Over the course of 25 years, the Tompkins family have worked on a variety of successful restoration projects at Samara Karoo, but this “miracle plant” has turned out to be the one of the most effective carbon-sequestering schemes they could have possibly imagined.
Spekboom, or ‘Pork Bush’ as otherwise known, is a small-leaved succulent plant endemic to dry areas in South Africa. When in full bloom, spekboom flowers a mass of nectar-rich soft pink flowers, providing food for many insects, including endangered bees and butterflies. This unique plant has its genetic origins in tropical forests and, thanks to its unique ecological features, is particularly effective at sequestering carbon from the atmosphere, reducing greenhouse gasses and – it is hoped – slowing climate change. Spekboom sequesters up to ten tonnes of carbon dioxide per hectare per year, which it stores both above and below the ground.
The roots of spekboom bind within the soil which helps the plant from being washed away in flash floods. The manner in which it grows also fosters the development of rich topsoil and provides a beneficial environment for the growth of other plants. The indigenous plant is particularly easy to grow by just breaking off a piece and sticking it in the ground to propagate.
Due to its remarkable carbon-sequestering nature and natural ease in propagating, spekboom has been deemed a “miracle plant” by many.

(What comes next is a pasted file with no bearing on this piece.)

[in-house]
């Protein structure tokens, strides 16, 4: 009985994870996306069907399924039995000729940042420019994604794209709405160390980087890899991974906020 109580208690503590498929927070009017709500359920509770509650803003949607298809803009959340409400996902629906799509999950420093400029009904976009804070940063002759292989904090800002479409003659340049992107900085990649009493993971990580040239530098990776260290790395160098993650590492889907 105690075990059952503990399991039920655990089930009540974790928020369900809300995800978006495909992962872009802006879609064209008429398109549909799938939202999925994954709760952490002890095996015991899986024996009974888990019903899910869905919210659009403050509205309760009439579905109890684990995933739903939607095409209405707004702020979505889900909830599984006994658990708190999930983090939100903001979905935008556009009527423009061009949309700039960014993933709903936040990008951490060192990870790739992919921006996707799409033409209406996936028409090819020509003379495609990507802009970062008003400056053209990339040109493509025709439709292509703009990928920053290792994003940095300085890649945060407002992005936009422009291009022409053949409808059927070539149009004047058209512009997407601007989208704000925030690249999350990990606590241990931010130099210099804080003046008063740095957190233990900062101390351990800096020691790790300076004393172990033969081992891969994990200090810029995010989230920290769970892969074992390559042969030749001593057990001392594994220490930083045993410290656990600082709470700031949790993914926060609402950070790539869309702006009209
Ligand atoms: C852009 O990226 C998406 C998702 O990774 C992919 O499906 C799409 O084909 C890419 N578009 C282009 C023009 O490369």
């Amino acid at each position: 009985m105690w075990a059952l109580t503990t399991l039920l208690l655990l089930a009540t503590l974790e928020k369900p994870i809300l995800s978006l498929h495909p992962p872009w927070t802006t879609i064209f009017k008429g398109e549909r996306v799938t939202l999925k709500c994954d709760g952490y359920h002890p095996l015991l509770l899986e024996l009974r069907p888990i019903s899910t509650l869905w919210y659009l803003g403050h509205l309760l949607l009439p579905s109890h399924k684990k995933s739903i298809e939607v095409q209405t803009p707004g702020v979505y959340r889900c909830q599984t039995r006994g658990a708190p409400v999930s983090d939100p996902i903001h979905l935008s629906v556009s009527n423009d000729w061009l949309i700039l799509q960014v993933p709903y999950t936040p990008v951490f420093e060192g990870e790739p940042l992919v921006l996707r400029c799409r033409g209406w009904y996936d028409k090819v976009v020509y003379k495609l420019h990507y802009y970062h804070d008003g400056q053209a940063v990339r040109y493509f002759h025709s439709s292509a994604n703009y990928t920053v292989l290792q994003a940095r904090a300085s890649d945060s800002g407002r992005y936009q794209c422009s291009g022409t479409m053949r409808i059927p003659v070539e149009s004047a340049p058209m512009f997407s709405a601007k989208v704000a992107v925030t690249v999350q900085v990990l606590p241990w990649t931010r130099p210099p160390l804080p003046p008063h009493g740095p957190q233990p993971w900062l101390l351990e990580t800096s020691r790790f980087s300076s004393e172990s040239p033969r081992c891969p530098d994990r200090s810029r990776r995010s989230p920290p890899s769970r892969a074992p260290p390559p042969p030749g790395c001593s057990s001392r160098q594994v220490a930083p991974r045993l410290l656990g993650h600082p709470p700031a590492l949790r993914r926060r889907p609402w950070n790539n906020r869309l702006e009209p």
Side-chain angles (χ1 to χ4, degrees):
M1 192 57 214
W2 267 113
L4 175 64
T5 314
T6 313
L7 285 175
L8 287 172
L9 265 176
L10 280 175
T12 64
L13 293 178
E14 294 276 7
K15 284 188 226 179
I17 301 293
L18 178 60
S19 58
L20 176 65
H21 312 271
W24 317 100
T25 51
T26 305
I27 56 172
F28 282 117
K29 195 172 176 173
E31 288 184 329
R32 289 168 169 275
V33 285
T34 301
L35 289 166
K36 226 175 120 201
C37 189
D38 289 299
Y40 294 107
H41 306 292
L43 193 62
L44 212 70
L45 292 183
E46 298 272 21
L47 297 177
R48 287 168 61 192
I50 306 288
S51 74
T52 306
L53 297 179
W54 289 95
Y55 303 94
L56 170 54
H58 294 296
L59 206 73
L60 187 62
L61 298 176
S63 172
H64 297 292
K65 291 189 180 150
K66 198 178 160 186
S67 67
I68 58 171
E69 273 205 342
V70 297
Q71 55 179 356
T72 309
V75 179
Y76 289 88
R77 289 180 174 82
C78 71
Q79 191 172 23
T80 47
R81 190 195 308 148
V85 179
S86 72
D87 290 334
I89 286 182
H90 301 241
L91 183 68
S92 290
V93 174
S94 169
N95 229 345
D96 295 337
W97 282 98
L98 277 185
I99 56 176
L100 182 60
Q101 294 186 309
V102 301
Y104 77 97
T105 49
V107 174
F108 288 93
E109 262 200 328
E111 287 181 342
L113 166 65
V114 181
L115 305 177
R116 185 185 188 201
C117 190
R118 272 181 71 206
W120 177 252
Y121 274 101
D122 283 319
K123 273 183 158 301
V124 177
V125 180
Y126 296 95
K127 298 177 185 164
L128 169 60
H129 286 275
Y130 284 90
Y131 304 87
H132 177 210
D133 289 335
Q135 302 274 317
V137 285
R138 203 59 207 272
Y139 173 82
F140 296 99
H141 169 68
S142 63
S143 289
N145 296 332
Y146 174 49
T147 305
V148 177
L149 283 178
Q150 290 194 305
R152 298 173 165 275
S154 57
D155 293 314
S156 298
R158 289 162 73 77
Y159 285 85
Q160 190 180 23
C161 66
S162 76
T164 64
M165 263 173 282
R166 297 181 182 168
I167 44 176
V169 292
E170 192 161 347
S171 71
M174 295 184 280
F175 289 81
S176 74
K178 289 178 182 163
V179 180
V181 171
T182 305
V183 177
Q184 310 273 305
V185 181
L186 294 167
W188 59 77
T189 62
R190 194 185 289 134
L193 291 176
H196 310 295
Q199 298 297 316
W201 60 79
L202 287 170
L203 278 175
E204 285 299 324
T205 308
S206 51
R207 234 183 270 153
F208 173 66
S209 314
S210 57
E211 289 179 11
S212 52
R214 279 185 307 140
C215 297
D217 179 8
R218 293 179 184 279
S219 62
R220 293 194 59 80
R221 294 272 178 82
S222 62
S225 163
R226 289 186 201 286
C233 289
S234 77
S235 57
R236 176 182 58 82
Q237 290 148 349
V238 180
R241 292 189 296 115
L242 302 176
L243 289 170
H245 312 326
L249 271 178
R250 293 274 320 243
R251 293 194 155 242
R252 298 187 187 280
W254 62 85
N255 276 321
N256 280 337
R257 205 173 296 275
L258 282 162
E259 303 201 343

Spekboom in the Great Karoo
The miracle plant was once abundant in Samara, many years ago before it was removed through overgrazing. The Tompkins family and the Samara team have made it part of their mission to restore The Great Karoo by launching a spekboom restoration scheme which focuses on ascertaining the best methods by which to plant and propagate spekboom.
Samara works with Cape Town-based consultants C4 EcoSolutions, which is led by soil scientist Dr Anthony Mills. The spekboom restoration scheme covers 105 hectares, with 6 hectares planted so far at a density of 2,500 cuttings of the plant per hectare. Samara founder Sarah Tompkins commented that the reserve “contains almost 1,000 acres that could benefit from being planted with spekboom”, so the team have set themselves the goal of planting 1 million over the next five years. There is the potential to extend the project to the entire Eastern Cape, helping to restore degraded areas and providing more green jobs in the province.
To aid their project and promote awareness, the Tompkins also give each of their guests a small spekboom cutting for them to plant at Samara or take with them to plant at home and spread the word of this wondrous miracle plant.
Dig a little deeper
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